Was there life on Mars? The question remains open. But researchers argue that if it had, it could still survive in pockets of water below the surface of the Red Planet.
Last February, From , Landed on Mars. With the main purpose: to search for traces of past life on the red planet. For the first results, we will have to wait a little longer. But without further ado, (United States) today argue that there may be microbial life forms on Mars.
To do this, they rely on data And composite analysis of other spacecraft orbiting Mars Tuesday. Rocks torn from the surface of the Red Planet reached our Earth. And pioneer representative of a large area Tuesday. According to the researchers, these rocks can be produced because they are in constant contact with water Chemical needed to support microbial communities. Like walking in the depths of the earth.
“We still do not know if there was life below the surface of Mars. Then we can only say who it is, we think it will be even on the site. There is enough energy to maintain it to this day.”, Refers to Jesse Tarnas, now a researcher Jet Propulsion Laboratory (USA), a .
At the base of Mars, the elements needed to support life
Let us remember that the earth, more precisely, the underground, in the depths of our planet, covers a vast area. It develops without direct contact with our world above. The creatures that live in it are scarce , But they derive their products from by-products Triggered by the contact of rocks with water. Radiology, for example, occurs when radioactive elements emit water-separating radiation. And en . The latter dissolves in the remaining water. Oxygen is absorbed As . Sulfate ores are then formed. Microbes, on the one hand, can consume hydrogen as fuel, and on the other hand, can “burn” this fuel using the oxygen stored in the sulfates.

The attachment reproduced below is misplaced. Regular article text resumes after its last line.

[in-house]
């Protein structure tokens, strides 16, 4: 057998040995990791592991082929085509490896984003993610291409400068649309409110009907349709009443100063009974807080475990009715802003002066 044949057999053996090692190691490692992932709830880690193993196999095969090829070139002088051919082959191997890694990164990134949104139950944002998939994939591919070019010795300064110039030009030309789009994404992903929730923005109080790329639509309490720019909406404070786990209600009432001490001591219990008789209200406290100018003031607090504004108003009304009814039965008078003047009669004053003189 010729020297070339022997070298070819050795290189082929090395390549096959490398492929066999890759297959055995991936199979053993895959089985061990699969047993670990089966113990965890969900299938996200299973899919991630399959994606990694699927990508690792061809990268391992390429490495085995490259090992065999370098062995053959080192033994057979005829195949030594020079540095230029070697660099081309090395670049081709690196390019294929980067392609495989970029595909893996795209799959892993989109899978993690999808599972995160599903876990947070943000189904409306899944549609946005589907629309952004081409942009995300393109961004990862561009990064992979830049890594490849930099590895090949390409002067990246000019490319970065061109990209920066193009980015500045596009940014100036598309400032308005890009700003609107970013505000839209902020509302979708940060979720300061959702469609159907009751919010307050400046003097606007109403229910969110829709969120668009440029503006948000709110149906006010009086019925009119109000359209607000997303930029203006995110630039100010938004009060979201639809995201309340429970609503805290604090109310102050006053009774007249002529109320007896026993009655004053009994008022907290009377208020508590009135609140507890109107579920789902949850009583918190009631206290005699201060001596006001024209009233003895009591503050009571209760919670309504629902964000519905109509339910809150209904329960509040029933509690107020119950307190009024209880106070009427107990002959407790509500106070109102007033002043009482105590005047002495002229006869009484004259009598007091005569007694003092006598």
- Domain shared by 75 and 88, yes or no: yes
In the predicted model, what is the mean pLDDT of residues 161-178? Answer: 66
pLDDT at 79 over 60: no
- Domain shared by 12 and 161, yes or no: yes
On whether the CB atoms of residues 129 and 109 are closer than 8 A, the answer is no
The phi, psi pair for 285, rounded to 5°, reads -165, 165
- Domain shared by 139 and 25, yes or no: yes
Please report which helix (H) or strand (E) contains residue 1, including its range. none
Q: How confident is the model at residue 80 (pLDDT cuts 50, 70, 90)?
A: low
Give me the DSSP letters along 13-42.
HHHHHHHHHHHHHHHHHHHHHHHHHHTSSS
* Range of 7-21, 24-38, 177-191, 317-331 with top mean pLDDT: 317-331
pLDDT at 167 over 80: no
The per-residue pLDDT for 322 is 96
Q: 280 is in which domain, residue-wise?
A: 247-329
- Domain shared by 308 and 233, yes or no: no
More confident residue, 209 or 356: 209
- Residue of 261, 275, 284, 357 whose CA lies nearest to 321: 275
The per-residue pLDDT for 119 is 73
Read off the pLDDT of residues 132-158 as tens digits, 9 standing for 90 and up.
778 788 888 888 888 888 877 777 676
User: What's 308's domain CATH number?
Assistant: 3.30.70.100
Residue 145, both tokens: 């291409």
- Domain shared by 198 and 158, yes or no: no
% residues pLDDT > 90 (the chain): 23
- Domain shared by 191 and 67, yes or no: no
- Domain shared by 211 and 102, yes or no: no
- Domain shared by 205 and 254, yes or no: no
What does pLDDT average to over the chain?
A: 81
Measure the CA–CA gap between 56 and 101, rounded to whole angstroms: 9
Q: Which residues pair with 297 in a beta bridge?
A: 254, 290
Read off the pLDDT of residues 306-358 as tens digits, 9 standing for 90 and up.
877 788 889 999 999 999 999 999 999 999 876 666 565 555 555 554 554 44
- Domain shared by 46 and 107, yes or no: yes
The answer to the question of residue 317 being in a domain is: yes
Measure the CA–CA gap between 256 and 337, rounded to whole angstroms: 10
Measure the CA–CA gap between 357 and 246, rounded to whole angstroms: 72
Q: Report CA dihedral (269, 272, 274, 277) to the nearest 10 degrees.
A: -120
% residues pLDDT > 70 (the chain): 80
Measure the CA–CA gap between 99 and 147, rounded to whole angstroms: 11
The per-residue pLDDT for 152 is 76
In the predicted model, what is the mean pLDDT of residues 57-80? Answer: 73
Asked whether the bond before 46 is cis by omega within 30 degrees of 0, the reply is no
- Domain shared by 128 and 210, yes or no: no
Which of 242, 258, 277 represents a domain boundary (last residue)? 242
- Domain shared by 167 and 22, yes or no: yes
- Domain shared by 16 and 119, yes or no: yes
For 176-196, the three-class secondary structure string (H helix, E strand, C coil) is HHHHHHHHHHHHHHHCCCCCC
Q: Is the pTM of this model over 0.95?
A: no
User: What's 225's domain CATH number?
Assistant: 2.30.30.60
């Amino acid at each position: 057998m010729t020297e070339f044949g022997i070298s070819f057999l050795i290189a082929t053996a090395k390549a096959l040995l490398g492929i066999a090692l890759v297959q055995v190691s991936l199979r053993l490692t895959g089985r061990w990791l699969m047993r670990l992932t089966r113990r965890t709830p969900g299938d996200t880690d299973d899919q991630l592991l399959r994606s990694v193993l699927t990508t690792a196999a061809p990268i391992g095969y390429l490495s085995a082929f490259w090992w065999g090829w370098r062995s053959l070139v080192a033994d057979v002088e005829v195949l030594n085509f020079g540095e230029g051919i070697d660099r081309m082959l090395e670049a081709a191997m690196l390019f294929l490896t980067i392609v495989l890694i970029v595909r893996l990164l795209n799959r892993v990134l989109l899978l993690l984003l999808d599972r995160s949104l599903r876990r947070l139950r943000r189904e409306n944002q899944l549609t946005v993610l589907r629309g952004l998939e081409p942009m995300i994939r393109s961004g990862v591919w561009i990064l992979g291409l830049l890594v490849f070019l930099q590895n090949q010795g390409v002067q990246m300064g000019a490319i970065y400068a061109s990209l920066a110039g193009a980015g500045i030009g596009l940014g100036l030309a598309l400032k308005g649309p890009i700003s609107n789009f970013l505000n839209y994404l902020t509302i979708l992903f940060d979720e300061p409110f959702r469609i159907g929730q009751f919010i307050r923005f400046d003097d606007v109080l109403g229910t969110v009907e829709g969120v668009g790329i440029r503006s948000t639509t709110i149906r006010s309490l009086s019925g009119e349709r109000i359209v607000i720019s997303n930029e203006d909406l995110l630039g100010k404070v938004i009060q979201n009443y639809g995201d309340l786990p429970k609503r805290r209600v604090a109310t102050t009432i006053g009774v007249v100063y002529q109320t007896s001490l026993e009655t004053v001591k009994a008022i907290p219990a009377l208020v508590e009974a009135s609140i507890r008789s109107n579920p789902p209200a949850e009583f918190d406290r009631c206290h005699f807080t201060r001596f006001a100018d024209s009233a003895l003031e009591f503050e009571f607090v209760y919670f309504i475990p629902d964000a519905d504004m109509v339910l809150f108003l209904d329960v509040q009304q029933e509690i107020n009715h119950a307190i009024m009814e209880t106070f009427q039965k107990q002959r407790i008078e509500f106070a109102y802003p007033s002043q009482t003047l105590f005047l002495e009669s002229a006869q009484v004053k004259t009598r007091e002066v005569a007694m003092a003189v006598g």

So the researchers hoped to find radioactive materials in Martian soil. In As , L ‘ Where . But sulfide minerals are also capable of converting to sulfates. And rock units with a hole space that can hold water.
To find life on Mars, we have to search the foundation.
This is what they saw in different genres . Especially in violations – Rocks made of pieces a The smallest – more than 3.6 billion years old and derived from the surface of the Red Planet. “We studied Of Mars, mapping its surface at different wavelengths and landing in half a dozen places. This work continues to tell a lot about the past of the Red Planet. But if we want to think about the possibilities of the present life, the foundation is where we need to look without context. ”, Concludes Jack Mustard, a researcher at the University of Toronto (Canada).
Is there life on the surface of Mars?
The question of life on Mars has been asked for decades., The latest NASA rover, may give us some answers on this matter. But one thing Today suggests that it is necessary to wait to see more clearly the European Space Agency’s next rover, the arrival of the Red Planet. Thanks to the tool that allows him to explore the soil of Mars.
ArticleReleased July 31, 2020
This Thursday, July 30, 2020, , The new NASA rover leaves Earth and heads for Mars. The visit is scheduled for February 2021. Purpose: To search the Red Planet for traces of microscopic life forms. One step, one step (United Arab Emirates), not in vain. According to Dmitra Adri, the soil of Mars may have optimal conditions .